News Up against a stonewall 

Amnesty International report critiques cops’ handling of LGBT community

Editor’s Note: As a matter of disclosure, Amnesty International referred to several Current articles in the Stonewalled report.
A white, transgendered woman reportedly worked for a motel where her shift ended at 3 a.m. In four or five instances, San Antonio police reportedly stopped her on the way home on the assumption she was a prostitute. Finally, her employers contacted police to explain she needed to walk home after work. Police no longer stopped her.

Al Everton, 74, died two weeks after he was beat on the head with a baseball bat. Before he died, he told his partner, friends, and police that his attacker was a neighbor who called him a “fucking faggot” before striking him. SAPD closed the case. His assailant has never been arrested. `See “Love hurts,” February 14-20, 2002.`

These stories are among dozens of reports documented in a recent Amnesty International report about the contentious relationship between San Antonio’s lesbian, gay, bisexual, and transgendered communities and local police departments.


The 149-page Stonewalled analyzes alleged police misconduct toward and abuse of LGBT people in four cities Los Angeles, New York, Chicago, and San Antonio and makes recommendations to police departments about complying with international human-rights law.

Amnesty International chose cities based on their population size, activism, and history of police misconduct.

“We wanted a snapshot of America,” said Suha Dabbouseh, field organizer for Amnesty International’s southern region. “San Antonio wasn’t one of the worst cities. It’s a bit different ethnically and is a Southern city.”

Yet, not being among the worst cities for LGBT people is hardly a distinction worth posting on the Convention and Visitors Bureau website. In the late ’90s through 2003, San Antonio Park Police repeatedly came under fire for allegedly entrapping gay men in park bathrooms `See “Homo Patrol: Are San Antonio Rangers the Real Perverts in the Park?” January 27-February 4, 2000`. In addition, Stonewalled alleges that City police have inappropriately groped transgendered people and targeted them as sex workers, and that other members of the LGBT community have been verbally or physically abused in the county lockup. In other instances, the report says, police allegedly have been reluctant to investigate crimes against the LGBT community.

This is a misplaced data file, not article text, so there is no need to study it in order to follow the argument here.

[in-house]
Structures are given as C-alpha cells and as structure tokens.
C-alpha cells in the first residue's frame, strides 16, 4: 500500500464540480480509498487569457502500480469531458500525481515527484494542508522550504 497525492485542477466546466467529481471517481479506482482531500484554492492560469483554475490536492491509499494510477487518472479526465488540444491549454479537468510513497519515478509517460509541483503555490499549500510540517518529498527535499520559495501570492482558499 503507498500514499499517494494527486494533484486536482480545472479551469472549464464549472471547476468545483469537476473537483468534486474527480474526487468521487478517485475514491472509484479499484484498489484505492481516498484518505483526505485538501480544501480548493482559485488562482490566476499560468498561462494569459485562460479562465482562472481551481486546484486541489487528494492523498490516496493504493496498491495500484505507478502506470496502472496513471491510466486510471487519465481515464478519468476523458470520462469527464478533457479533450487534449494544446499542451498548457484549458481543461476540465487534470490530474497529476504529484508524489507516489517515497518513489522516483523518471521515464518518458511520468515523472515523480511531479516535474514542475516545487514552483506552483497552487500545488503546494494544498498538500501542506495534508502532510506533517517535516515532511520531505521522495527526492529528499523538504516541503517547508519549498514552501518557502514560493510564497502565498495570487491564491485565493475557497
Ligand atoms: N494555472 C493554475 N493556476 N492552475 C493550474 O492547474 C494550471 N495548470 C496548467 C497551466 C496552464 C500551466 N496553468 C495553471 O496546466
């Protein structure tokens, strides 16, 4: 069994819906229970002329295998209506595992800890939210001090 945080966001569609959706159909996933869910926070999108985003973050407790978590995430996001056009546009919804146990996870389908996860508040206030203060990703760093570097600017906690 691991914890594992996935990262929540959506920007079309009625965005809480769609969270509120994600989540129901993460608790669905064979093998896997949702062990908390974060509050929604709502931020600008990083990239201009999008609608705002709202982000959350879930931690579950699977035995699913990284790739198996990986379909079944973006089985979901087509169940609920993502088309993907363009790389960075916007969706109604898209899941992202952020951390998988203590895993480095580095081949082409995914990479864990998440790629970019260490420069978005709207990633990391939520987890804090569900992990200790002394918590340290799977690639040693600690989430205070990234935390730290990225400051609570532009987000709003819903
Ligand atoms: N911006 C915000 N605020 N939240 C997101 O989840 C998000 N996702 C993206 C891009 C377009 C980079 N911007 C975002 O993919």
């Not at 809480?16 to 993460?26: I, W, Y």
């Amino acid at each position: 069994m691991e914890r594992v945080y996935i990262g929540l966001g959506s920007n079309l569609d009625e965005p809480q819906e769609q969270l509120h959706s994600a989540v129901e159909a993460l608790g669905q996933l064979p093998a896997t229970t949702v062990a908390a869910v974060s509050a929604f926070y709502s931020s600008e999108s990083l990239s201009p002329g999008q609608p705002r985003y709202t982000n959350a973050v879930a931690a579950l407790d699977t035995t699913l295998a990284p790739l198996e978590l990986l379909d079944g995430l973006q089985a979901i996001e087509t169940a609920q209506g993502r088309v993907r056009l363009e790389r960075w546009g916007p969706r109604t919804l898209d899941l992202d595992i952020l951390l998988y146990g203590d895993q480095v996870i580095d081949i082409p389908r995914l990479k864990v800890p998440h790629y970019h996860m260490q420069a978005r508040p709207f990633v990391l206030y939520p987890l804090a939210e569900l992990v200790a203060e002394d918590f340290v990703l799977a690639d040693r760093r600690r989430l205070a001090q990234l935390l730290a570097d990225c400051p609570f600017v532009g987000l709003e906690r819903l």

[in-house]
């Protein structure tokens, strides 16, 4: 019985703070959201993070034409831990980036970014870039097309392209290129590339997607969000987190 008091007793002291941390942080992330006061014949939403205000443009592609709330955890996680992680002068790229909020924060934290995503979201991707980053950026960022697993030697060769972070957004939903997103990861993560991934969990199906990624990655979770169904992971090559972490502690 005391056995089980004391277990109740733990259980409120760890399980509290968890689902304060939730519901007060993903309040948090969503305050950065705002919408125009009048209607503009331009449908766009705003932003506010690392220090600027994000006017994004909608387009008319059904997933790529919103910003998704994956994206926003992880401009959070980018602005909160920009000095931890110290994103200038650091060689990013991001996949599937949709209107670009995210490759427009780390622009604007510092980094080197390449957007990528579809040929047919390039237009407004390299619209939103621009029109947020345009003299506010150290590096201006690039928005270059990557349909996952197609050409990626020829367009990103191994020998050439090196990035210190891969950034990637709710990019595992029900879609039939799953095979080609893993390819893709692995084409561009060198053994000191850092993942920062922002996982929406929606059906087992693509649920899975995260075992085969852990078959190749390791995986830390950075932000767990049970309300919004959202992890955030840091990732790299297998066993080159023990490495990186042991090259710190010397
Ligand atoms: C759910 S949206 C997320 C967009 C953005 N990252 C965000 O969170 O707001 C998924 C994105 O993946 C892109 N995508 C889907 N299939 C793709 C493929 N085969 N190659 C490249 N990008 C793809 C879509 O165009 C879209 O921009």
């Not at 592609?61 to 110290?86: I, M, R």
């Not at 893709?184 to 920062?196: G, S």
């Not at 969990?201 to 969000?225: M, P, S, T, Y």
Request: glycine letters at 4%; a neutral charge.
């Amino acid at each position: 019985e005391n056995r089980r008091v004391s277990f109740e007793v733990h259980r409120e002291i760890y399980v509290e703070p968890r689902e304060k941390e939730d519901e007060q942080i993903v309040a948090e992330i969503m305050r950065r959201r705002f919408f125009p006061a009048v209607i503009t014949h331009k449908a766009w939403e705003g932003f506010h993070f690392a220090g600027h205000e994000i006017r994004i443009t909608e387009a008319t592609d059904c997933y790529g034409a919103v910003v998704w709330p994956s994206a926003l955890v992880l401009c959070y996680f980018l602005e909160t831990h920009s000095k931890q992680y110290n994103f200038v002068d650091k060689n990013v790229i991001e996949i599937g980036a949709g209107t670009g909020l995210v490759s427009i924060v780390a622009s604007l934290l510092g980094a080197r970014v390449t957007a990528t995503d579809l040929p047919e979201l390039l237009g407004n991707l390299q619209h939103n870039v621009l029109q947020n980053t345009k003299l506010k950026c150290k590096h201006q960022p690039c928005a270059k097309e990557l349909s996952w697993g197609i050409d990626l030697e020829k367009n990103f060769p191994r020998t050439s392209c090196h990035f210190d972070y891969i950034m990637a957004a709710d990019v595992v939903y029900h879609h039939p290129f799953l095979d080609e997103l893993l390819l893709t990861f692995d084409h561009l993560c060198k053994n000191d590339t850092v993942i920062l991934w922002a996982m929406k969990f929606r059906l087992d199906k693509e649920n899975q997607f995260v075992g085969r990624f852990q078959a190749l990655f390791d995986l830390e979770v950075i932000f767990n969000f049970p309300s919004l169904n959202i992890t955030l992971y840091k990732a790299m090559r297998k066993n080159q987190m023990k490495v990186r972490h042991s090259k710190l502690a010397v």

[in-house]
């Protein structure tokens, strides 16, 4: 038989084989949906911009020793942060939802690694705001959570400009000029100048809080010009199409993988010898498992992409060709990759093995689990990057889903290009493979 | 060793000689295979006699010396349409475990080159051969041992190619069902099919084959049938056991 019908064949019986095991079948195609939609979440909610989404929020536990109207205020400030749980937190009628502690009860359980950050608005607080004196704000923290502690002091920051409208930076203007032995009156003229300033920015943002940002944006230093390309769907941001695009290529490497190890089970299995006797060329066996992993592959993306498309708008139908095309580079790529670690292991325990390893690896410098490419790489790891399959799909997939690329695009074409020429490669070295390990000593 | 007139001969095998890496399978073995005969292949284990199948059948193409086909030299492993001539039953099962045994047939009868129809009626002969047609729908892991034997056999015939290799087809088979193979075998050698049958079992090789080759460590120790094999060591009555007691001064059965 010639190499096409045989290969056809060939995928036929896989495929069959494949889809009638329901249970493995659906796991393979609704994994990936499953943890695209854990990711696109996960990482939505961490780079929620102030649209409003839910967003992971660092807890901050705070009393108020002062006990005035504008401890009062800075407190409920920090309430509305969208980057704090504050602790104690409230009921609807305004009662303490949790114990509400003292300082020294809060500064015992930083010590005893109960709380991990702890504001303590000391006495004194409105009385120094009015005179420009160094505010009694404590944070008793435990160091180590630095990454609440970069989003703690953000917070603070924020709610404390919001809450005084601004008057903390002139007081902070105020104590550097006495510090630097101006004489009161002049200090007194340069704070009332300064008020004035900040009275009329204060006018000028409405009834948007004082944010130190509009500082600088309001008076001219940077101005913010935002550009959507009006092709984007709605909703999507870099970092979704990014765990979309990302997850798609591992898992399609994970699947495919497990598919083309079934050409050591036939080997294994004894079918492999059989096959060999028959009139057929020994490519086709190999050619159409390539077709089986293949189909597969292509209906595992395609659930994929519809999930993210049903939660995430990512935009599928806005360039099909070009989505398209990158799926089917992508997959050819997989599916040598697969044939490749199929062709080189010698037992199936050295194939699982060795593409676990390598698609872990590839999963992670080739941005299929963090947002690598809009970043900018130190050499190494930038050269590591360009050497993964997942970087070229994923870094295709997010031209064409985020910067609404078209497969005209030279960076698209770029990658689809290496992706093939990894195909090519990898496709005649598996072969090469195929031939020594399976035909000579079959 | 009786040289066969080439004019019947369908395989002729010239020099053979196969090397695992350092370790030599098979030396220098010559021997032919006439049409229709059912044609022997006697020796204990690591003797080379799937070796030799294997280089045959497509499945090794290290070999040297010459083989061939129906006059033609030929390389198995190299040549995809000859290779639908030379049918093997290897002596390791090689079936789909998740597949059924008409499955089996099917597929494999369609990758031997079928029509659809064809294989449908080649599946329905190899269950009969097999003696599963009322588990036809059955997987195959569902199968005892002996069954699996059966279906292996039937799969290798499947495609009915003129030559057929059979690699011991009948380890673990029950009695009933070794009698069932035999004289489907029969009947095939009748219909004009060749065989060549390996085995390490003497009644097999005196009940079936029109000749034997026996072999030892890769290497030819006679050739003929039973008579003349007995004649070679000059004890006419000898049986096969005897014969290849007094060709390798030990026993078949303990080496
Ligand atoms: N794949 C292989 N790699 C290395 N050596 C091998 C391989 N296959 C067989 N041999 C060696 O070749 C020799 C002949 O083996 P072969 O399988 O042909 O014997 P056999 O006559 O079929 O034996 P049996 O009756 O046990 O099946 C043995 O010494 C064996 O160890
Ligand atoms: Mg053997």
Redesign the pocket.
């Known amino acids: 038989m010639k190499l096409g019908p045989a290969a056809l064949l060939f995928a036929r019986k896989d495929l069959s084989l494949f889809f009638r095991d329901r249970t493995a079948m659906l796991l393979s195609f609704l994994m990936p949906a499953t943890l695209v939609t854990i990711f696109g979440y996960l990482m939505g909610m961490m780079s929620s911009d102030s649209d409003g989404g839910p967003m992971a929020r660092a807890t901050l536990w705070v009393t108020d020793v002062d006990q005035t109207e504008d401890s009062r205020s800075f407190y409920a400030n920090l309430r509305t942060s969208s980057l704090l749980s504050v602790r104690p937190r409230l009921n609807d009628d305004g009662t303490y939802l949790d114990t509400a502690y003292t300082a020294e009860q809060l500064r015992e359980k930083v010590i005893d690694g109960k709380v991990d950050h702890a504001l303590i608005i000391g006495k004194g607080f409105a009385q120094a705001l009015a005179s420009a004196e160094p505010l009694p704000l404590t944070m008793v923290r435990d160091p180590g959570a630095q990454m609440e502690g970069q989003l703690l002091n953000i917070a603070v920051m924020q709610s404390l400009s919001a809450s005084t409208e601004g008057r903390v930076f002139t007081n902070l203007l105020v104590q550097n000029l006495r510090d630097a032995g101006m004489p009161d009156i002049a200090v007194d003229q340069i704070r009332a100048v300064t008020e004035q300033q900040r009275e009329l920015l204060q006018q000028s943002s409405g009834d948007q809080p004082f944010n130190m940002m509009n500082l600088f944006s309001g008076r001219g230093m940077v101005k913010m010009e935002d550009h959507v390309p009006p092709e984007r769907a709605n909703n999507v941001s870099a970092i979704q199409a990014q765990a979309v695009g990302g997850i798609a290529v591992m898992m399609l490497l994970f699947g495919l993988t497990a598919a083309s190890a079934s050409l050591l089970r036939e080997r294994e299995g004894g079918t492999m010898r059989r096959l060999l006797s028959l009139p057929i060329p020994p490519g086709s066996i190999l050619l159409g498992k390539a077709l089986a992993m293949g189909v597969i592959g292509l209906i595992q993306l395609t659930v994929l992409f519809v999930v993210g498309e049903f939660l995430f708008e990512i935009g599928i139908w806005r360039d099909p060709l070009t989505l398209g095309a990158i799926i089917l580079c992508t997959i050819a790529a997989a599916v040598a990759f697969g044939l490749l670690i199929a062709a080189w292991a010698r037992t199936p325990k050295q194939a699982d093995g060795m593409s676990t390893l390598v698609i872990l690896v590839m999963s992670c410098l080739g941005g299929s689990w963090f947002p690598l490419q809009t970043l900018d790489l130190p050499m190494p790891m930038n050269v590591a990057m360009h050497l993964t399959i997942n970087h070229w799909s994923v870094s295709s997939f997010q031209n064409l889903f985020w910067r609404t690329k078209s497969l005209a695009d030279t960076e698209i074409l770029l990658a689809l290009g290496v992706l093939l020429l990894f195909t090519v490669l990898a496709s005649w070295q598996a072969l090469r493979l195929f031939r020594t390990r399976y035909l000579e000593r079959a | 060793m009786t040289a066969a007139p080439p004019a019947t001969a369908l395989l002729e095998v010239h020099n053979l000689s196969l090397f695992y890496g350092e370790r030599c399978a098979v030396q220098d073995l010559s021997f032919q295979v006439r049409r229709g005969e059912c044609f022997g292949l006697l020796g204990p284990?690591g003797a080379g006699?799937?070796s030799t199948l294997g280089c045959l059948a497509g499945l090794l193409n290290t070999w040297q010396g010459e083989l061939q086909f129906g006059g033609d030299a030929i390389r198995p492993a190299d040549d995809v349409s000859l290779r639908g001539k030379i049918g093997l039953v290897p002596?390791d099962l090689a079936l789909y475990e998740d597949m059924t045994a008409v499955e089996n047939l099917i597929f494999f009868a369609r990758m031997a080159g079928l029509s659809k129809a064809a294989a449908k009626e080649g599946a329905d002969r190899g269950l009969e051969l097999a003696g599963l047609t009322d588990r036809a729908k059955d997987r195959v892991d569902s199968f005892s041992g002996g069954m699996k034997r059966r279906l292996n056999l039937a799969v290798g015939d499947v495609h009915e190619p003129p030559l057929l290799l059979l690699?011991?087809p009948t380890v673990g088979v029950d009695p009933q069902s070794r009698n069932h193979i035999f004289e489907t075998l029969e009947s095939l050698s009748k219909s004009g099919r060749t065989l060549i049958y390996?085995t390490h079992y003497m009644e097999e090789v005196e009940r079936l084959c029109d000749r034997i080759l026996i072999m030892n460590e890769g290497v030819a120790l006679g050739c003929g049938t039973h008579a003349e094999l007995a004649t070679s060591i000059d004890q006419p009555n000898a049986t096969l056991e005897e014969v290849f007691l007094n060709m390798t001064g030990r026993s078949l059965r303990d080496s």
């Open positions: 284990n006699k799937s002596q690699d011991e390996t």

The report concludes that there has been a lack of sensitivity and diversity training within police departments. Anonymous complaints about officers are not processed, Dabbouseh noted, and to file a complaint, a person must go to the Internal Affairs department, sign it, and have it notarized. “This inhibits people from filing,” she said.

Jhery Hallman, volunteer executive assistant to the director at the Diversity Center, says the relationship between the LGBT community and city police has improved since the addition of an LGBT liaison at SAPD, which was among Amnesty International’s recommendations in the report. “Before the liaison, it was hard to get somebody on the line when domestic violence happened,” says Hallman. “And there is more overall understanding on both sides.”

While Captain Larry Birney, the LGBT liaison, said he agrees with the report’s recommendations, he pointed out that since 2003, when the study ended, SAPD “has made great strides in reaching out,” to the LGBT community. “A lot of what we do isn’t public,” said Birney, who was appointed as LGBT liaison a year ago. “The Diversity Center will call me and say they have had problems around San Antonio College, and we’ll quietly solve the problem without making a big deal about it.”